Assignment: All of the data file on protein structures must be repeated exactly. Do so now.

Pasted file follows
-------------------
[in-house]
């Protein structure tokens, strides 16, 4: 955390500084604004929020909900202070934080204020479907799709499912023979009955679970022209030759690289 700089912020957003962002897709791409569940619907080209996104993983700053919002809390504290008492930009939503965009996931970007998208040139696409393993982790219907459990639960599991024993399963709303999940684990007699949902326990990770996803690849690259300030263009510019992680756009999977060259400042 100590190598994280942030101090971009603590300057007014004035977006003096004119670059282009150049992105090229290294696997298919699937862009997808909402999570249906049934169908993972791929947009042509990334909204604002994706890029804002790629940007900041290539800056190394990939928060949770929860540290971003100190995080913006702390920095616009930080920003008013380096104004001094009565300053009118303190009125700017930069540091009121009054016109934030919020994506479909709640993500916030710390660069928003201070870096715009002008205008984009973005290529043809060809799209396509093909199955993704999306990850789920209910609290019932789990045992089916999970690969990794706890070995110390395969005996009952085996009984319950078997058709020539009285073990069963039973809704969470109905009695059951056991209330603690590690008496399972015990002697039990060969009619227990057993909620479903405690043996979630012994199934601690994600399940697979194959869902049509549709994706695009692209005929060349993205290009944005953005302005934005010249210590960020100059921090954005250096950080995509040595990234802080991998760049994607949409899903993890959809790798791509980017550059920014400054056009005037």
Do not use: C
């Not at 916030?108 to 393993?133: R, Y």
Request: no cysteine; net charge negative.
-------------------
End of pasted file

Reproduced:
[in-house]
């Protein structure tokens, strides 16, 4: 955390500084604004929020909900202070934080204020479907799709499912023979009955679970022209030759690289 700089912020957003962002897709791409569940619907080209996104993983700053919002809390504290008492930009939503965009996931970007998208040139696409393993982790219907459990639960599991024993399963709303999940684990007699949902326990990770996803690849690259300030263009510019992680756009999977060259400042 100590190598994280942030101090971009603590300057007014004035977006003096004119670059282009150049992105090229290294696997298919699937862009997808909402999570249906049934169908993972791929947009042509990334909204604002994706890029804002790629940007900041290539800056190394990939928060949770929860540290971003100190995080913006702390920095616009930080920003008013380096104004001094009565300053009118303190009125700017930069540091009121009054016109934030919020994506479909709640993500916030710390660069928003201070870096715009002008205008984009973005290529043809060809799209396509093909199955993704999306990850789920209910609290019932789990045992089916999970690969990794706890070995110390395969005996009952085996009984319950078997058709020539009285073990069963039973809704969470109905009695059951056991209330603690590690008496399972015990002697039990060969009619227990057993909620479903405690043996979630012994199934601690994600399940697979194959869902049509549709994706695009692209005929060349993205290009944005953005302005934005010249210590960020100059921090954005250096950080995509040595990234802080991998760049994607949409899903993890959809790798791509980017550059920014400054056009005037």
Do not use: C
């Not at 916030?108 to 393993?133: R, Y």
Request: no cysteine; net charge negative.